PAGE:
With the research, leaders can get a clear picture of what it takes to lead effectively and how they can make that happen. Since the business environment is constantly changing, leaders must play the styles with the right ones at the right time and in the right measure in order to get results.

How to motivate your problem people

In order to get people to follow your lead, the only way to succeed is by getting the people to motivate themselves. The common mistakes managers make on their attempts to motivate problem people is by using the sales pitch to push solution, hoping to get the employee to listen and agree with the logic of their position. However, different people has a different motivational drivers, values and bias, which result in a different ideas about what is reasonable. This mismatch of perceptions create unsatisfactory outcomes as the fundamental rule of management is that you cannot change people’s character. You cannot control people’s actions most of the time. Change comes from within or not at all.

Instead of pushing solution on people with the force of argument, it is a better approach to pull solutions out of them. It prompts them to clear the obstacles that impeding their motivation. The leader needs to rethink what the problem employees can reasonably be motivated to do. This involves a shift in perspective and look at the employee not as a problem to be solved but as a person to be understood. An investment of time is required to create a resolution to the problem. Manager needs to understand what the employee are really care about from a series of informal conversations that will give you insight into. This includes seeing the world look from the employee eyes, understanding the expectation and desires molded by key past experience.

After the analysis, the managers need to break out of the narrow mind-set and not to limit the options for solving the problem. You should let go of your desire to bring one predetermined solution, but willing to switch to an array of possible outcomes. You should reframe goals so the employee can meet them by putting together a list of options of the possible outcomes. Your goal is to identify the unsatisfied feeling and offer new opportunities to help your employee’s driving passions.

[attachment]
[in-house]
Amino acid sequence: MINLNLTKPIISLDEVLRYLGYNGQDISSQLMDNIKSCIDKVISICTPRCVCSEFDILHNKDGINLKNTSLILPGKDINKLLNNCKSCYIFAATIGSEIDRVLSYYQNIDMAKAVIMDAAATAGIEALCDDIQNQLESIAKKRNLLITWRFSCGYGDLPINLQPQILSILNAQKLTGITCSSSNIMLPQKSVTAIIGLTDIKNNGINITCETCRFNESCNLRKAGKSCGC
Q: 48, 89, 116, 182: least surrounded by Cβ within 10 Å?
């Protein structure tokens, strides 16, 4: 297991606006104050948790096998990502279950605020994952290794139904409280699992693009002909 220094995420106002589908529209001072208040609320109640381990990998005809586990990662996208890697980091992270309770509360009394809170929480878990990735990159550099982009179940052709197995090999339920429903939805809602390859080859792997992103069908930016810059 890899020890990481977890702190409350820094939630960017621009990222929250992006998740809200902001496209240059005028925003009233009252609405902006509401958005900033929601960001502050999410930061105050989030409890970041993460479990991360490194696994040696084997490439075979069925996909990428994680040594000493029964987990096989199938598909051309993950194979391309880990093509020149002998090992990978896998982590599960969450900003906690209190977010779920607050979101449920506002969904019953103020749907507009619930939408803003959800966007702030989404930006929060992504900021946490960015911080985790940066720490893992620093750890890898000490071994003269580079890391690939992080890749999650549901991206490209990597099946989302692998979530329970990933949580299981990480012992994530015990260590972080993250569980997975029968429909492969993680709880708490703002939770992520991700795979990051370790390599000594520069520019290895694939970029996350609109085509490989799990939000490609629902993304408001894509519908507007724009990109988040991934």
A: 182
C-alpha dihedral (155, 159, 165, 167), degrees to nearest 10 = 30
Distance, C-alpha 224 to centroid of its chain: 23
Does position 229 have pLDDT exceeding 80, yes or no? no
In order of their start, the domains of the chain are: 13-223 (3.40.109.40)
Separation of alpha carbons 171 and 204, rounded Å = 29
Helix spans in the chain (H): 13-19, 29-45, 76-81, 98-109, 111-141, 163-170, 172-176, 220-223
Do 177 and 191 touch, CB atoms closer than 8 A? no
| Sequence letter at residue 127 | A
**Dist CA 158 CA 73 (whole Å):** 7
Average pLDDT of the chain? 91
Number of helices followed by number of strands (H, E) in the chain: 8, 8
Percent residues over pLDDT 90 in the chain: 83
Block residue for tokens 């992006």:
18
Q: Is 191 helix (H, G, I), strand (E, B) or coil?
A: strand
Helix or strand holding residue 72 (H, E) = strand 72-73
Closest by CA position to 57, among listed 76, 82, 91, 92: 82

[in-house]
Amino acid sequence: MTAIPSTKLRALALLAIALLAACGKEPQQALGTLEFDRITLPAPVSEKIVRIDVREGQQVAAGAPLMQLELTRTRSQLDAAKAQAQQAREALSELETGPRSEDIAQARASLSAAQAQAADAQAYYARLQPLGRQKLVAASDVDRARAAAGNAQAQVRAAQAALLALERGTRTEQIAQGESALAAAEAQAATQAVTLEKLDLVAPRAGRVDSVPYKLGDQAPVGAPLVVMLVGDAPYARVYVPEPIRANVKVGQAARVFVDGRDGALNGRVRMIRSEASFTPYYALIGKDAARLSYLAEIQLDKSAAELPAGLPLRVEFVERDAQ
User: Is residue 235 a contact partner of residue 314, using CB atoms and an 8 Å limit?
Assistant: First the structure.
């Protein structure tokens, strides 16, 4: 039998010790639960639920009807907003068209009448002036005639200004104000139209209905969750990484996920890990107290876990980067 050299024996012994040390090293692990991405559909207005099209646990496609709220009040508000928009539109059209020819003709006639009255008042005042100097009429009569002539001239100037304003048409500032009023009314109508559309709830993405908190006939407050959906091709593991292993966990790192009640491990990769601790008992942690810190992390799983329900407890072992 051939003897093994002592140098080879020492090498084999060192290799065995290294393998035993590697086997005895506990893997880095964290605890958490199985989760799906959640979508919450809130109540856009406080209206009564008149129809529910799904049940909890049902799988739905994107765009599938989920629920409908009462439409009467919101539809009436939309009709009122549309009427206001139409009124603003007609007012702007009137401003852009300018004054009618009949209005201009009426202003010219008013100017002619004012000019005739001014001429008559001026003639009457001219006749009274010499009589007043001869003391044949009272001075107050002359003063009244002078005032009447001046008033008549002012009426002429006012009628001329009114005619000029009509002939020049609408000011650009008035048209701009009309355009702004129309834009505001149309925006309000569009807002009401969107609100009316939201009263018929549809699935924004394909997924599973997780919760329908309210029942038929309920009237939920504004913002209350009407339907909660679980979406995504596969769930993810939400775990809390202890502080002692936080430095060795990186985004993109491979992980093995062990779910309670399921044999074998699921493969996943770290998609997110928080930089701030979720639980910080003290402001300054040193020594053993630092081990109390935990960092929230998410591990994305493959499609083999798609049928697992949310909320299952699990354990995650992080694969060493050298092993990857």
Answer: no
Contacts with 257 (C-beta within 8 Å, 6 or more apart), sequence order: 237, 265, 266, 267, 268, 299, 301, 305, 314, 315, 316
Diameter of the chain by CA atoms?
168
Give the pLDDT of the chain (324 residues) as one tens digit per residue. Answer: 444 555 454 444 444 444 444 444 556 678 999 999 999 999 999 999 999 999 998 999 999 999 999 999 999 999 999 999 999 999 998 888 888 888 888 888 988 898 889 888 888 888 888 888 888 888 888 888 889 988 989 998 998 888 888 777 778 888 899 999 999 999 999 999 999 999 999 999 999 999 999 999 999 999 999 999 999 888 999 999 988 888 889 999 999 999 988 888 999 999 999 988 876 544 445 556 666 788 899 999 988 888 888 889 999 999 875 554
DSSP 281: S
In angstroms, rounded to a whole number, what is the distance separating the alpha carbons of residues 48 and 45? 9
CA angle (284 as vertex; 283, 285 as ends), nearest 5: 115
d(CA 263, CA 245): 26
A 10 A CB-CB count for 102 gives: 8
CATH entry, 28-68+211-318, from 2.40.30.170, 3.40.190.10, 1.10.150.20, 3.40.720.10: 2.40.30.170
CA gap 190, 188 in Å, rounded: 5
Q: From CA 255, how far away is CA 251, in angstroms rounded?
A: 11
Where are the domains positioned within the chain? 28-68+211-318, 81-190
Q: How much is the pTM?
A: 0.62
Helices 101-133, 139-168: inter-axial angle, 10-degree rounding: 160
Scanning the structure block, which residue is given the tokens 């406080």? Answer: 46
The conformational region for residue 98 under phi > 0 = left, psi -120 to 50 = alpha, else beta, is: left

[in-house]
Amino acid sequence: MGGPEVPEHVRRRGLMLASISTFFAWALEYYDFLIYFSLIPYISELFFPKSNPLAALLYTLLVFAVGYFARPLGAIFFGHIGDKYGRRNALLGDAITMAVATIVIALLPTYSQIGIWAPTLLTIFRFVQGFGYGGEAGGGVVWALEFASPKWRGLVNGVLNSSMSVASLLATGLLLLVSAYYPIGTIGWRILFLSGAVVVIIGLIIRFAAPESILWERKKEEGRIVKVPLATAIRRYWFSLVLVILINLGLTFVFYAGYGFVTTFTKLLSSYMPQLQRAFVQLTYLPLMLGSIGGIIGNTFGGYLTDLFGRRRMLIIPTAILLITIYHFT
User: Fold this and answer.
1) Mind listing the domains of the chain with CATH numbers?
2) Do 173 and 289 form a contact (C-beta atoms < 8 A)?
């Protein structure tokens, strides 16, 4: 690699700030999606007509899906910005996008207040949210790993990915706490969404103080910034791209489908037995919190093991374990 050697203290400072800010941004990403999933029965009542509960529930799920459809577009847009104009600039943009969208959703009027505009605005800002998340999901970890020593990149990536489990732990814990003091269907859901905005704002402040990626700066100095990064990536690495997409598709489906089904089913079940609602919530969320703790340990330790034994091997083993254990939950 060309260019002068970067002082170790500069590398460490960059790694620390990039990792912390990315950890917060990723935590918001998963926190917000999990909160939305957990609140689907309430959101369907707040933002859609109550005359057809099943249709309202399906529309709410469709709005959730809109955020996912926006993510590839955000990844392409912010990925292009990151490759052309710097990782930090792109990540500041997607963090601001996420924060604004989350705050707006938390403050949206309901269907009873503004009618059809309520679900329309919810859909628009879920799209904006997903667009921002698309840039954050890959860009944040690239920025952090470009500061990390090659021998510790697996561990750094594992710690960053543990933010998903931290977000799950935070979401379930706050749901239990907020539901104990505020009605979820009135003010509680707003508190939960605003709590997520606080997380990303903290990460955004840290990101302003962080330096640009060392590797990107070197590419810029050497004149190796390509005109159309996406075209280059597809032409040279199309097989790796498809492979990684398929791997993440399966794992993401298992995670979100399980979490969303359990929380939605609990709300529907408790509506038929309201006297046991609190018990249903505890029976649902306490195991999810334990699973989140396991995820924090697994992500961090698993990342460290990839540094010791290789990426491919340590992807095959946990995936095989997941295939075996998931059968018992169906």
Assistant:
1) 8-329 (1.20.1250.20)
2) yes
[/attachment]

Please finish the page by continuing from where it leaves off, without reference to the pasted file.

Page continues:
On the application, some of the intrinsic motivation factors of myself in the IT consulting firm includes achievement, recognition for achievement, the work itself, responsibility and growth or advancement. I really enjoy programming and seeing many users to enjoy using the code I wrote in production for a mobile app for an airline in Hong Kong. Despite there were many dissatisfaction resulted from poor project management by senior levels, our team managed to work together with extra hours at night and weekends in order to successfully deliver the product without a tight schedule. However, at the end of the project, the team got really frustrated due to lack to recognition for all the hard work. Instead of appreciation, the senior managers was blaming for the quality drop and pushing to fix on the number of defects, despite the unreasonable deadline set by them was the root of all problems. Many team member resigned and look for other job opportunities which also give a better external motivations from earning more money.

After my resignation, the director of the company scheduled a meeting and asked me to stay. The tactics he used include listening to my concerns and understanding my interested direction for career growth, which is the in the area of big data analytics, machine learning and artificial intelligence. He then offered me with a project that would perfectly fits into my motivation and I was excited to work on this new challenging project about chatbot. The motivation problem was resolved and I get back to high performance.